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How does Wilfred Owen

How does Wilfred Owen - How does Wilfred Owen In Dulce Et...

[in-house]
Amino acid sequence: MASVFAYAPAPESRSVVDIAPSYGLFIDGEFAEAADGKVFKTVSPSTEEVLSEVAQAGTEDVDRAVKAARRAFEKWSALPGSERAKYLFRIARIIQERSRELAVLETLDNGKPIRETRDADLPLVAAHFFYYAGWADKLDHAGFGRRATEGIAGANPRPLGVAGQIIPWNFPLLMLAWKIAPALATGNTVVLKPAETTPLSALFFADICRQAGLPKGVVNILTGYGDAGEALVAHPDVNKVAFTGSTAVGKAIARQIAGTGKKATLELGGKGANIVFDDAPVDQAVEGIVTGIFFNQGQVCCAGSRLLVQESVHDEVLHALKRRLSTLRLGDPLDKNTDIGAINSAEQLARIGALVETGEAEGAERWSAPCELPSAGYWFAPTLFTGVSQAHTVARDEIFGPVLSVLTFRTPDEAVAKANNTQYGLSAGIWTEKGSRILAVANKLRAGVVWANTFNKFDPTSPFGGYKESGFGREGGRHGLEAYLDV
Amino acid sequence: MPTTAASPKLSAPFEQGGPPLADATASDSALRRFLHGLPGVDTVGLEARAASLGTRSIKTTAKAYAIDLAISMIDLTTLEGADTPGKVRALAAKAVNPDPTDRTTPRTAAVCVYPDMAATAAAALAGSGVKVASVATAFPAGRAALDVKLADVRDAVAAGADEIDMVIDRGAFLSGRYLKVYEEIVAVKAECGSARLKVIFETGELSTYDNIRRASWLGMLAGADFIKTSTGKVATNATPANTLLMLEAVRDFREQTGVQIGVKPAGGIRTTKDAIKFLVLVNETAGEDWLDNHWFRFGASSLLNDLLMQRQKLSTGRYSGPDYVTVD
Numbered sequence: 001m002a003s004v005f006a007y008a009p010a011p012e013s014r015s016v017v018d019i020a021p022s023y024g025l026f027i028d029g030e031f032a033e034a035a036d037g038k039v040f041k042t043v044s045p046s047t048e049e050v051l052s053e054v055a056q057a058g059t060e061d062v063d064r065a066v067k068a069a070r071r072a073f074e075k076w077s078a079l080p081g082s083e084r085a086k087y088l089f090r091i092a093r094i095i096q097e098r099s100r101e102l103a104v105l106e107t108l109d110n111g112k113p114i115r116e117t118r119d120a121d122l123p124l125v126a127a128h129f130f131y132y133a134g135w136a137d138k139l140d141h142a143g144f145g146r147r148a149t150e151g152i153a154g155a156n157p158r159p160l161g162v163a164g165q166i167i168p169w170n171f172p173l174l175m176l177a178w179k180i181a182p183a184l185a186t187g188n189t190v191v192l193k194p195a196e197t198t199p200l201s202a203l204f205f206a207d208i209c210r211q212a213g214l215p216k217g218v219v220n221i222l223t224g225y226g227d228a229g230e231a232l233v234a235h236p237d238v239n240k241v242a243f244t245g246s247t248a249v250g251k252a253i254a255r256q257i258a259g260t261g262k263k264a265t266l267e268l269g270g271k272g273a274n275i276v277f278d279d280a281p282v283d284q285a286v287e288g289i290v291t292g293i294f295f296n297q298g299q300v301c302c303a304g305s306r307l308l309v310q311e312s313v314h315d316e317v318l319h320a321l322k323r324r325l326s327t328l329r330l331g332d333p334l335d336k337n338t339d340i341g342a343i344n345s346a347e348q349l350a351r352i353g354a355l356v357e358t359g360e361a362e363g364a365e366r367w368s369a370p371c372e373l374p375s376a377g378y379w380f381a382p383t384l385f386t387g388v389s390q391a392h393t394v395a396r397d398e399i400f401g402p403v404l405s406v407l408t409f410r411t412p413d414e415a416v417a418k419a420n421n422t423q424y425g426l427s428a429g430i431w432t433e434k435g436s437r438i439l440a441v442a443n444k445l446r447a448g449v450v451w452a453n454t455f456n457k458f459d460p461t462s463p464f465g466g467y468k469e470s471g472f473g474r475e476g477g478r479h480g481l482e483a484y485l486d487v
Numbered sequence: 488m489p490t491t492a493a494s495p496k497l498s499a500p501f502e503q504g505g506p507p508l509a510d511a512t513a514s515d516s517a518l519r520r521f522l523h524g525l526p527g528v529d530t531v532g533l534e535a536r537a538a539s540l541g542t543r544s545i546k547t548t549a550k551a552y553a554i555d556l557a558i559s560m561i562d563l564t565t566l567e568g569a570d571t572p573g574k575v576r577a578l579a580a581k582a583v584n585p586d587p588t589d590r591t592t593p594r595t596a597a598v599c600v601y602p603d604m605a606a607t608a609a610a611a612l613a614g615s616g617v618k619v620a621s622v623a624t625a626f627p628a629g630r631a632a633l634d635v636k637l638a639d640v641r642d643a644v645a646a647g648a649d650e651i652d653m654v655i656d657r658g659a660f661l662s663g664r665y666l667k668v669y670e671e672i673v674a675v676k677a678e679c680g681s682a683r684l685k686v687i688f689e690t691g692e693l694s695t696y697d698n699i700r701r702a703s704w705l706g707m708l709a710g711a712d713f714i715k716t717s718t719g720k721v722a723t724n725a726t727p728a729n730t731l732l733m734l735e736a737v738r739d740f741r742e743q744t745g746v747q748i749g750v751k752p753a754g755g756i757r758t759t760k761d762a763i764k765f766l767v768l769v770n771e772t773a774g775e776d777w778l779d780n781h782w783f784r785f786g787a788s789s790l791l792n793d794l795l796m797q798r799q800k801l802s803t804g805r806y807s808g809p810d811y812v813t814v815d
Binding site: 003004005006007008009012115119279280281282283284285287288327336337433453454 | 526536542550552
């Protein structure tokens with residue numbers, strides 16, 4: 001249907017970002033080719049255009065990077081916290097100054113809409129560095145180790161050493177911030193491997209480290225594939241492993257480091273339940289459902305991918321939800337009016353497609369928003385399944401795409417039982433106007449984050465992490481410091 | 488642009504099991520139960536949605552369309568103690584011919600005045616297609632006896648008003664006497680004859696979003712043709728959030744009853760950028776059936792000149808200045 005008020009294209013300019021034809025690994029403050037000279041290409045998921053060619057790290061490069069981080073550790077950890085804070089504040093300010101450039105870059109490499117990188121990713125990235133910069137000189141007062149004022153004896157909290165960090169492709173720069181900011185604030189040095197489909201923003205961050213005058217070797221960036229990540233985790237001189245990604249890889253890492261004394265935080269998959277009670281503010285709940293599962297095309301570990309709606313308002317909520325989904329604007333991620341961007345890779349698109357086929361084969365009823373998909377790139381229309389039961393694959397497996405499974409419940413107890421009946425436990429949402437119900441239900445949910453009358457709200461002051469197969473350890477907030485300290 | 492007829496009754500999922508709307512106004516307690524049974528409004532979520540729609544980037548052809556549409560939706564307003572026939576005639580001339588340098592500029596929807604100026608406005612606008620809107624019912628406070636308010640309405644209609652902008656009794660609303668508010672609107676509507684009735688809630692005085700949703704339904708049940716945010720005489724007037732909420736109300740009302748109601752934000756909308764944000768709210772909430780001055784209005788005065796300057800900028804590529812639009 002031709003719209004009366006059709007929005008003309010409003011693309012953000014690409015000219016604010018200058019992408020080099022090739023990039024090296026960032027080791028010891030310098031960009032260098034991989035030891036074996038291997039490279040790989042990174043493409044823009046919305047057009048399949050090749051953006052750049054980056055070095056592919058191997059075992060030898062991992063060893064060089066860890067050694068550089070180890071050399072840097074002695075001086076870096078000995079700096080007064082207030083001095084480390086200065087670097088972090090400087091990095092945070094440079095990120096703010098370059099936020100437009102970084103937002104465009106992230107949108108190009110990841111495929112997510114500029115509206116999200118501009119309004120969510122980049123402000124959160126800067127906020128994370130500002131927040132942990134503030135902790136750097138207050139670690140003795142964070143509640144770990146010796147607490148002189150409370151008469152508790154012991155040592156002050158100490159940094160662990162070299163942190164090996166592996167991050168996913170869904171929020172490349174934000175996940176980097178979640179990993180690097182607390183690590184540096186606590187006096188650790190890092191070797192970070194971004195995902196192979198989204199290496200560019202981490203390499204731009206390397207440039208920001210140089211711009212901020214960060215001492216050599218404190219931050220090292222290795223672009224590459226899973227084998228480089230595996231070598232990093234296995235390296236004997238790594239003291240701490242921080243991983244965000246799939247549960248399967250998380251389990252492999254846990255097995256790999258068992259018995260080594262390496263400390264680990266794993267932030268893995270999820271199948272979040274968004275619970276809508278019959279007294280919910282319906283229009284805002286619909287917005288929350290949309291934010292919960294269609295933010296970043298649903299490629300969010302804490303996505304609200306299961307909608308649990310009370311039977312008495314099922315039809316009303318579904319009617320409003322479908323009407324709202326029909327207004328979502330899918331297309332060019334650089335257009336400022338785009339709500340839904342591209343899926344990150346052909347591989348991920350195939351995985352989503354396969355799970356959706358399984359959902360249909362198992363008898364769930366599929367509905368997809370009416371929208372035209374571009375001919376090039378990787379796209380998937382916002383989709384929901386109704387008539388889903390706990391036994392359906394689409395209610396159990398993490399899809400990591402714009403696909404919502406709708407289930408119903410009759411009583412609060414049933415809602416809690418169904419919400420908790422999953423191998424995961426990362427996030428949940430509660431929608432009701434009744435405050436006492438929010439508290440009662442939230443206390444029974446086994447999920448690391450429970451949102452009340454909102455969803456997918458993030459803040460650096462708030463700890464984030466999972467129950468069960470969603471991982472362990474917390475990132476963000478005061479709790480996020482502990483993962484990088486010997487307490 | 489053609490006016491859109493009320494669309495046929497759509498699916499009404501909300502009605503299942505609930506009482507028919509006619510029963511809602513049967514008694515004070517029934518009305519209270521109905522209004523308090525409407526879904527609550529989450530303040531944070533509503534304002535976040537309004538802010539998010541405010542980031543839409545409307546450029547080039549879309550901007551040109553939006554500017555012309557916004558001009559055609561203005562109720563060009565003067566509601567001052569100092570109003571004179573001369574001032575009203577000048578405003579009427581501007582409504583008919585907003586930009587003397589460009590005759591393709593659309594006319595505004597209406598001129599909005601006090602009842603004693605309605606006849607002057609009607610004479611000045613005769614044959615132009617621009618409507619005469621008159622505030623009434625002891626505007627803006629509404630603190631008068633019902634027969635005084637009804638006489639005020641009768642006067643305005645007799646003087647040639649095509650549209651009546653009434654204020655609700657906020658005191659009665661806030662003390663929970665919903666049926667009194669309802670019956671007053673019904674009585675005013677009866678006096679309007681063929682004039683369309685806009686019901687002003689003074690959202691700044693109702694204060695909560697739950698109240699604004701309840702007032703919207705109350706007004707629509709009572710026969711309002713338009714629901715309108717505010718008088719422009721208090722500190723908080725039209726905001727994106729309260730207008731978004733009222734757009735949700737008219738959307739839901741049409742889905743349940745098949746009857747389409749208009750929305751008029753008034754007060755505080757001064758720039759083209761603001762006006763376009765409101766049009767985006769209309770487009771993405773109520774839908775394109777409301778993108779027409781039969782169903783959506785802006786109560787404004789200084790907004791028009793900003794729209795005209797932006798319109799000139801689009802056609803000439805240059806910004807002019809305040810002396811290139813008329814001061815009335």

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How does Wilfred Owen “In Dulce Et Decorum Est” use language to convey his attitude towards the War and its effect on his comrades? World War I took place in 1914 to 1918, and it was a horrible experience for many of the soldiers who took part in it. Thousands of them were dead or disabled for the rest of their lives. During the War, the soldiers needed to stay in the trenches, and the hygiene conditions were very bad. In summer time, there were rats everywhere and horrible smells from the dead bodies. In wintertime, it was really cold inside and many of the soldiers died of the cold weather. Wilfred Owen, the poet of the poem “In Dulce Et Decorum Est”, was one of the soldiers who stayed in the hospital during the War. In 1918, he returned to the front line and was killed under a German machine gun attack. He was only twenty-five years old when he died. This was pretty ironic, since the day he died was only seven days before the War ended. Throughout the poem, we can see that Wilfred Owens’s attitude towards the War was quite negative and he was pretty against War. There are many uses of imagery, alliteration, onomatopoeia, rhyme scheme and tone which show that. At the beginning of the poem, the soldiers who were supposed to be young and strong have been described as “old beggars” and “hags”. The way how the soldiers were being described is quite non-expected and the language used is very negative. It emphasises how the men have changed throughout the War. The narrator describes how he, and the soldiers with him, were returning exhausted to their rest after a period in the front line of War.
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